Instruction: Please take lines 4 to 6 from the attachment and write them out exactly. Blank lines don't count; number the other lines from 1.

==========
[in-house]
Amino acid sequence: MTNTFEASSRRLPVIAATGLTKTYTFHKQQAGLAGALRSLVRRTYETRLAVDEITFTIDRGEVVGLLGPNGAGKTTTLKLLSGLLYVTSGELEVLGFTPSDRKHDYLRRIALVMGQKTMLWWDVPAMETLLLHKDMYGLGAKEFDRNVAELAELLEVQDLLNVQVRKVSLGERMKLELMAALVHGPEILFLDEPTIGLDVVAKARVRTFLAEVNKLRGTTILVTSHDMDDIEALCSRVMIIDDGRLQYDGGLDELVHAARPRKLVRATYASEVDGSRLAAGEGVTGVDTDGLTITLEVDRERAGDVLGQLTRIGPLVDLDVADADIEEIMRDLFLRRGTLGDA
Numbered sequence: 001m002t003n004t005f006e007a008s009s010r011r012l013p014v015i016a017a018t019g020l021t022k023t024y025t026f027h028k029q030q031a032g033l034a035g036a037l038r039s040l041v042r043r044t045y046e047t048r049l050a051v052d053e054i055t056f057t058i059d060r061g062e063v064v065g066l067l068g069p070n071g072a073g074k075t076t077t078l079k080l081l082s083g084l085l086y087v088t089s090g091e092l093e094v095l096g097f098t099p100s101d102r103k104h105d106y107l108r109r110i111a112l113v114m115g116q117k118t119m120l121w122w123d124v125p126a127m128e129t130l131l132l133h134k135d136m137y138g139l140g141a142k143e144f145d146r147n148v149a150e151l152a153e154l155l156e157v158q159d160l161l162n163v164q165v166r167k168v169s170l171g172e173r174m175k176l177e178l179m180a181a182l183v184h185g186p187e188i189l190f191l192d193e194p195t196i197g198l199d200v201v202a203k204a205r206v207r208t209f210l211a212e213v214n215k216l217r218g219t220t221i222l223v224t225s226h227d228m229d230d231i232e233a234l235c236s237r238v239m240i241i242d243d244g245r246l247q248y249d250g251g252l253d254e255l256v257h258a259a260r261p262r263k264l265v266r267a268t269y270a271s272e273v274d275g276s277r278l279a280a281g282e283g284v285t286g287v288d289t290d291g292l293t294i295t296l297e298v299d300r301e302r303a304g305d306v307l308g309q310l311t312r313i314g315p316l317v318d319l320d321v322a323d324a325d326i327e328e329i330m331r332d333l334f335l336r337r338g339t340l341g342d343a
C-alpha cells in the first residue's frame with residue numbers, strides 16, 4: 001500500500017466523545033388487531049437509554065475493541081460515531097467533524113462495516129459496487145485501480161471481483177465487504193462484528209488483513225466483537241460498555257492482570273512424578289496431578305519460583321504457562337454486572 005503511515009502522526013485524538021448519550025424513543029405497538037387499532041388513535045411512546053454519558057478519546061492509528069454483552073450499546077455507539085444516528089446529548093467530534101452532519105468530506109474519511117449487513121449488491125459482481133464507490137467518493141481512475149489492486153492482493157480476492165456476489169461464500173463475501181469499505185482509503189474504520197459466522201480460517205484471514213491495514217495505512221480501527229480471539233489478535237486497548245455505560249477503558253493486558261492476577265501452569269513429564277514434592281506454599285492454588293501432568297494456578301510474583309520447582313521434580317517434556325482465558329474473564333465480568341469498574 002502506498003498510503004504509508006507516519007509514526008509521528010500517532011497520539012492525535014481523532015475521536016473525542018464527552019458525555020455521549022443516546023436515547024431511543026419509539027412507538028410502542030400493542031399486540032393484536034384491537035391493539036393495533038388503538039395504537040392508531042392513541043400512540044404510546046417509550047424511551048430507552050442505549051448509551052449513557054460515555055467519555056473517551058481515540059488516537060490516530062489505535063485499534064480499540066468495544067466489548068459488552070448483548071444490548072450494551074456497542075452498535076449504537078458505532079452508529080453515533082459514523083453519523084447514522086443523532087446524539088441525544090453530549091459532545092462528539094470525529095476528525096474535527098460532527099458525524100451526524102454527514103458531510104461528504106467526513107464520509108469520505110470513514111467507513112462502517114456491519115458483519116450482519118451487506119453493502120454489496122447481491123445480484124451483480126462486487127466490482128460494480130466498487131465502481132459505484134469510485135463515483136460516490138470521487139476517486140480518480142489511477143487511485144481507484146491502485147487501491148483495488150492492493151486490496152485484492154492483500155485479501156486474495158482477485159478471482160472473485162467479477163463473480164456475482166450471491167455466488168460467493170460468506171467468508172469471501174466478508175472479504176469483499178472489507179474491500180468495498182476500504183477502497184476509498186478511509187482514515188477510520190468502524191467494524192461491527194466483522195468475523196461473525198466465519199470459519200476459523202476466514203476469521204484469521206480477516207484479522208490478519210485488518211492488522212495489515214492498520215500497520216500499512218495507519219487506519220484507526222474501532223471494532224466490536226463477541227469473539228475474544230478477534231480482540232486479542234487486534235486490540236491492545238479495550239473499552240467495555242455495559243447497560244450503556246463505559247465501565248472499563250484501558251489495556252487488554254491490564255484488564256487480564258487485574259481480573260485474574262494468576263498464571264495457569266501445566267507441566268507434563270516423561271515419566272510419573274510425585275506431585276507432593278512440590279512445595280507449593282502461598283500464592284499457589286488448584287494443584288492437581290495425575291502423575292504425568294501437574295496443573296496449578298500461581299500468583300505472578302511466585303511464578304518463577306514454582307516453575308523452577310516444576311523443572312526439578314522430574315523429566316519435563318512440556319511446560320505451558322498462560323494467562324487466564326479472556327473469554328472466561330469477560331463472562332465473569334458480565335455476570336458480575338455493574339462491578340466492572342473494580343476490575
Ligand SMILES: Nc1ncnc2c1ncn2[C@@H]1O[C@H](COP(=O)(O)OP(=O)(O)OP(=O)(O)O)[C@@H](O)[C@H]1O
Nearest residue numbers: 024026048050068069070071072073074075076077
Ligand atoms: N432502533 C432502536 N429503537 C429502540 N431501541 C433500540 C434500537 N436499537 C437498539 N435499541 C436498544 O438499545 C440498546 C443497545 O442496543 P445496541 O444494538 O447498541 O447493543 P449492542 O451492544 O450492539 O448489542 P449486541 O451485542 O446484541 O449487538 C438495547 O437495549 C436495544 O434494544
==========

C-alpha cells in the first residue's frame with residue numbers, strides 16, 4: 001500500500017466523545033388487531049437509554065475493541081460515531097467533524113462495516129459496487145485501480161471481483177465487504193462484528209488483513225466483537241460498555257492482570273512424578289496431578305519460583321504457562337454486572 005503511515009502522526013485524538021448519550025424513543029405497538037387499532041388513535045411512546053454519558057478519546061492509528069454483552073450499546077455507539085444516528089446529548093467530534101452532519105468530506109474519511117449487513121449488491125459482481133464507490137467518493141481512475149489492486153492482493157480476492165456476489169461464500173463475501181469499505185482509503189474504520197459466522201480460517205484471514213491495514217495505512221480501527229480471539233489478535237486497548245455505560249477503558253493486558261492476577265501452569269513429564277514434592281506454599285492454588293501432568297494456578301510474583309520447582313521434580317517434556325482465558329474473564333465480568341469498574 002502506498003498510503004504509508006507516519007509514526008509521528010500517532011497520539012492525535014481523532015475521536016473525542018464527552019458525555020455521549022443516546023436515547024431511543026419509539027412507538028410502542030400493542031399486540032393484536034384491537035391493539036393495533038388503538039395504537040392508531042392513541043400512540044404510546046417509550047424511551048430507552050442505549051448509551052449513557054460515555055467519555056473517551058481515540059488516537060490516530062489505535063485499534064480499540066468495544067466489548068459488552070448483548071444490548072450494551074456497542075452498535076449504537078458505532079452508529080453515533082459514523083453519523084447514522086443523532087446524539088441525544090453530549091459532545092462528539094470525529095476528525096474535527098460532527099458525524100451526524102454527514103458531510104461528504106467526513107464520509108469520505110470513514111467507513112462502517114456491519115458483519116450482519118451487506119453493502120454489496122447481491123445480484124451483480126462486487127466490482128460494480130466498487131465502481132459505484134469510485135463515483136460516490138470521487139476517486140480518480142489511477143487511485144481507484146491502485147487501491148483495488150492492493151486490496152485484492154492483500155485479501156486474495158482477485159478471482160472473485162467479477163463473480164456475482166450471491167455466488168460467493170460468506171467468508172469471501174466478508175472479504176469483499178472489507179474491500180468495498182476500504183477502497184476509498186478511509187482514515188477510520190468502524191467494524192461491527194466483522195468475523196461473525198466465519199470459519200476459523202476466514203476469521204484469521206480477516207484479522208490478519210485488518211492488522212495489515214492498520215500497520216500499512218495507519219487506519220484507526222474501532223471494532224466490536226463477541227469473539228475474544230478477534231480482540232486479542234487486534235486490540236491492545238479495550239473499552240467495555242455495559243447497560244450503556246463505559247465501565248472499563250484501558251489495556252487488554254491490564255484488564256487480564258487485574259481480573260485474574262494468576263498464571264495457569266501445566267507441566268507434563270516423561271515419566272510419573274510425585275506431585276507432593278512440590279512445595280507449593282502461598283500464592284499457589286488448584287494443584288492437581290495425575291502423575292504425568294501437574295496443573296496449578298500461581299500468583300505472578302511466585303511464578304518463577306514454582307516453575308523452577310516444576311523443572312526439578314522430574315523429566316519435563318512440556319511446560320505451558322498462560323494467562324487466564326479472556327473469554328472466561330469477560331463472562332465473569334458480565335455476570336458480575338455493574339462491578340466492572342473494580343476490575
Ligand SMILES: Nc1ncnc2c1ncn2[C@@H]1O[C@H](COP(=O)(O)OP(=O)(O)OP(=O)(O)O)[C@@H](O)[C@H]1O
Nearest residue numbers: 024026048050068069070071072073074075076077